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1500 AD - 1880 AD

1538 - During the Middle Ages, hemp was central to any herbalist's medicine cabinet. William Turner, the naturalist considered the first English botanist, praises it in his book the ‘New Herball’

1621 - Clergyman and Oxford scholar Robert Burton suggests cannabis as a treatment for depression in his influential and popular book ‘The Anatomy of Melancholy’.

1652 - The herbalist Nicholas Culpeper (1616–1654) wrote in ‘The English Physitian’  that hemp extract 'allayeth Inflammations in the Head … eases the pains of the Gout … Knots in the Joynts, [and] the pains of the Sinews and Hips'.

1799 - Napoleon invades Egypt with forces that include a scientific expedition team. In addition to discovering the Rosetta Stone, the team brings cannabis back to France in 1799. The cannabis was investigated for its pain relieving and sedative effects in Europe.

1840 - Cannabis was reintroduced into British medicine in 1842 by Dr. William O'Shaughnessy (pictured), an army surgeon who had served in India. In Victorian times it was widely used for a variety of ailments, including muscle spasms, menstrual cramps, rheumatism, and the convulsions of tetanus, rabies and epilepsy; it was also used to promote uterine contractions in childbirth, and as a sedative to induce sleep. It is said to have been used by Queen Victoria against period pains:    her personal physician, Sir Robert Russell, wrote extensively on cannabis, recommending it for use in dysmenorrhoea (menstrual cramps).

1840s - Studies   by a French doctor, Jacques-Joseph Moreau (a French psychiatrist) found that cannabis suppressed headaches … and aided people to sleep.

1850 - Cannabis had made its way into the United States Pharmacopeia (an official public standards-setting authority for all prescription and over-the counter medicines), which listed it as treatment for numerous afflictions, including: neuralgia, tetanus, typhus, cholera, rabies, dysentery, alcoholism, opiate addiction, anthrax, leprosy, incontinence, gout, convulsive disorders, tonsillitis, insanity, excessive menstrual bleeding, and uterine bleeding, among others.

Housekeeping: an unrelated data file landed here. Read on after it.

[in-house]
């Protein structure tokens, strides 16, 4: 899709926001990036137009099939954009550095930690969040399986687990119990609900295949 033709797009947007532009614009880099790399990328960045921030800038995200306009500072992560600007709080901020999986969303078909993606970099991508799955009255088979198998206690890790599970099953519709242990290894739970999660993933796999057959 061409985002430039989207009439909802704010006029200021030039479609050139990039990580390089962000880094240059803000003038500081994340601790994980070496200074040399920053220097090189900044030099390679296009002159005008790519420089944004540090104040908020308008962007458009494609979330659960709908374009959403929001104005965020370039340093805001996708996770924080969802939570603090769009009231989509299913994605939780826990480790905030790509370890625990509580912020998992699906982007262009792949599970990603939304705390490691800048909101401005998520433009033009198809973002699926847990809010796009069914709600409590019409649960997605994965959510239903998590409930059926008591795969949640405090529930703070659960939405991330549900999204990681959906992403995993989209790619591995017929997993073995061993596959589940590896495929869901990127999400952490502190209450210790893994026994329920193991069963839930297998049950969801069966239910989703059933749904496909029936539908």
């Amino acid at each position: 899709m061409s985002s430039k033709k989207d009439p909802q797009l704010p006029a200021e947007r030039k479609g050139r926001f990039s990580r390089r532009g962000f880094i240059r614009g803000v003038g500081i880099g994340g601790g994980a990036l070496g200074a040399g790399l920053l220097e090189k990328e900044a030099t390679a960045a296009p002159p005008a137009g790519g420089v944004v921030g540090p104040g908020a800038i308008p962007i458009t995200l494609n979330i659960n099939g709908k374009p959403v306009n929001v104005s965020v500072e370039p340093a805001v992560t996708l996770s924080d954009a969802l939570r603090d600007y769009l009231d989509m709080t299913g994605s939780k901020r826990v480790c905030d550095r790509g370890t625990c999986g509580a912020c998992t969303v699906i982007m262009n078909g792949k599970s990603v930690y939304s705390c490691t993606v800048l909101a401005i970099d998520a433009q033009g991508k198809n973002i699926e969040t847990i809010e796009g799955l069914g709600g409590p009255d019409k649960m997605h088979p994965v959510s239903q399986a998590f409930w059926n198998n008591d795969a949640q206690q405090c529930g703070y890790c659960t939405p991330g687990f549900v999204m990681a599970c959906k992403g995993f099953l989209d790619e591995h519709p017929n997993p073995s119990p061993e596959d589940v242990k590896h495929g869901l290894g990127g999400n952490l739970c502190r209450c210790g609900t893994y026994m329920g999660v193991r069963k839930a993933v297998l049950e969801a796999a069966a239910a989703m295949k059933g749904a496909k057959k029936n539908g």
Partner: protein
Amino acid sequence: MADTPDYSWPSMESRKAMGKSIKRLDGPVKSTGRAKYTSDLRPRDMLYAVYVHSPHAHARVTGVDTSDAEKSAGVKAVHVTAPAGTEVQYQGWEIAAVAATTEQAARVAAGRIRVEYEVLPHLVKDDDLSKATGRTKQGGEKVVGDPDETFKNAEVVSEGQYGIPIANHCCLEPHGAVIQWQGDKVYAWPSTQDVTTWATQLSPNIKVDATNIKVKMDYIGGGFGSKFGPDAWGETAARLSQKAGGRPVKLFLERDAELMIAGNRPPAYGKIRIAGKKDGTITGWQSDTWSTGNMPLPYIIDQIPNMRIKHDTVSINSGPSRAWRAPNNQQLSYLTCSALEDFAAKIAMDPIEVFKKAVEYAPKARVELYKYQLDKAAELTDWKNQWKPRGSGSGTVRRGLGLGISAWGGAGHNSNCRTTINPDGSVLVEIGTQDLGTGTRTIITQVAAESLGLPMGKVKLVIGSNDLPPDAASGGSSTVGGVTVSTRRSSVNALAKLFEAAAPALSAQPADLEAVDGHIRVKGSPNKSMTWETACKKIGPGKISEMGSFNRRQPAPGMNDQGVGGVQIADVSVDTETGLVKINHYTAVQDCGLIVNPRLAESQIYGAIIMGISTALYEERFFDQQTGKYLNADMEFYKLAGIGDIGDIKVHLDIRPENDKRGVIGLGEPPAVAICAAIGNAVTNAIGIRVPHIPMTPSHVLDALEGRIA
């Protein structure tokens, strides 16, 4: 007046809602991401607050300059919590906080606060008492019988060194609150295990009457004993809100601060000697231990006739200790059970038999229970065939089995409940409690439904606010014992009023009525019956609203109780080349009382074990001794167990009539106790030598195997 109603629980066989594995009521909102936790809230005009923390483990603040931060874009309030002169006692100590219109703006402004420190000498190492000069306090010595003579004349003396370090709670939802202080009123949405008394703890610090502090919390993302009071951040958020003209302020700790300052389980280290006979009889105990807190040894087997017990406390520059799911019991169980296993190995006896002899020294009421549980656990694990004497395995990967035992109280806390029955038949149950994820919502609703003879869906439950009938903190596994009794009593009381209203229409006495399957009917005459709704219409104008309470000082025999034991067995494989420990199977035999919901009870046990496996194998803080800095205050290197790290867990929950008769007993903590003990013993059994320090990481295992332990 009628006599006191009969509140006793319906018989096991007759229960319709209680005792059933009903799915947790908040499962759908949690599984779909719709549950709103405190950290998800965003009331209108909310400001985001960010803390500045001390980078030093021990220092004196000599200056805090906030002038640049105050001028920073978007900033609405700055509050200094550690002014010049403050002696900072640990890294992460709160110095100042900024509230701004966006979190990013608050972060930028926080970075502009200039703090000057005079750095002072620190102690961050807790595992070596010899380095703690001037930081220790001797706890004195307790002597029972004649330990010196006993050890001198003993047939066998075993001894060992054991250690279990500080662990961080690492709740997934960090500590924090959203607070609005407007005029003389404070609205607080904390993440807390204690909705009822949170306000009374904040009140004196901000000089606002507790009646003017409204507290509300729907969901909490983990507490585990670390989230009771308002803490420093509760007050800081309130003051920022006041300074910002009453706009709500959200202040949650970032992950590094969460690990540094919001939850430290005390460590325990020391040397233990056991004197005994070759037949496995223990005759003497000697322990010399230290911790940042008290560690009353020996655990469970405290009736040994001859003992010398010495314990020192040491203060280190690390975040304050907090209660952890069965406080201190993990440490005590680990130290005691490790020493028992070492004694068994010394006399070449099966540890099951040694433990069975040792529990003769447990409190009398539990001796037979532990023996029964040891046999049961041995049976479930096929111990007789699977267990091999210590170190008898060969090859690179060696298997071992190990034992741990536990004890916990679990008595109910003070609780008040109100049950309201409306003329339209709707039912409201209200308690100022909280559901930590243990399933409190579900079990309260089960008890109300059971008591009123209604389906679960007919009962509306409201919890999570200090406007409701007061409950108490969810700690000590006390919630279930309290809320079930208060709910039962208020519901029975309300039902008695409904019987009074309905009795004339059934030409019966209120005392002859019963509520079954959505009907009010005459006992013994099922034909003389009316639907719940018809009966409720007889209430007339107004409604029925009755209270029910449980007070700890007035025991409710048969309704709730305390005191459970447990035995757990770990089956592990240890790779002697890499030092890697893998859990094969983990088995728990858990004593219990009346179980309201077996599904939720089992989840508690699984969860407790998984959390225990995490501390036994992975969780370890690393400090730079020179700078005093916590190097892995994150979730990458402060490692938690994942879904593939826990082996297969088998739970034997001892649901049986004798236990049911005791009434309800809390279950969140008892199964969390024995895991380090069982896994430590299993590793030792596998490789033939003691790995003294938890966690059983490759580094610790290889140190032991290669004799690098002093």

Humble-herb-CBD-balms-mechoulam

The last 125 years

1899- British chemists isolated cannabinol, the first cannabinoid identified, but their discovery came just as medical cannabis was falling out of favour. Advances in chemistry made it possible to isolate and synthesize the active ingredients of medicinal plants.

1930s - Pharmaceutical firms in the U.S attempted to produce consistently potent and reliable drugs from the plant. At least two American companies – Parke-Davis and Eli Lily – were selling standardized extracts of cannabis for use as an analgesic, an antispasmodic and sedative.

1940 CBD was isolated and its structure reported in 1964

1964 - Dr. Raphael Mechoulam (pictured) Professor of Medicinal Chemistry at the Hebrew University of Jerusalem, is the first to identify delta-9-tetrahydrocannabinol (THC), as the main psychoactive component of cannabis. He is also the first to synthesize THC.

1980s - Research led to nabilone and dronabinol, synthetic versions of THC, which were approved in the 1980s to suppress nausea during chemotherapy.

1988 - Researchers discovered a new receptor in the brain, named CB1, The first endocannabinoids, anandamide, was found in 1992. More followed, along with a second receptor (CB2) in 1993.

1998 - House of Lords concluded that there was strong evidence that cannabis had a medical value, and in 2000 the government supported a trial of cannabis in multiple sclerosis.

2005 - The first cannabis-based product Sativex (nabiximols) — a mouth spray of whole-cannabis extract, containing equal amounts of THC and cannabidiol — was given its first approval in Canada. The spray was developed by GW Pharmaceuticals following the report. Today, Sativex is approved in 27 countries

2019 – YouGov and Dynata surveys indicate that between 8 – 11% of the adult population in the UK had tried a CBD product in the last year.

2023 – Censuswide survey indicates that 29% of the +2000 participants had tried a CBD product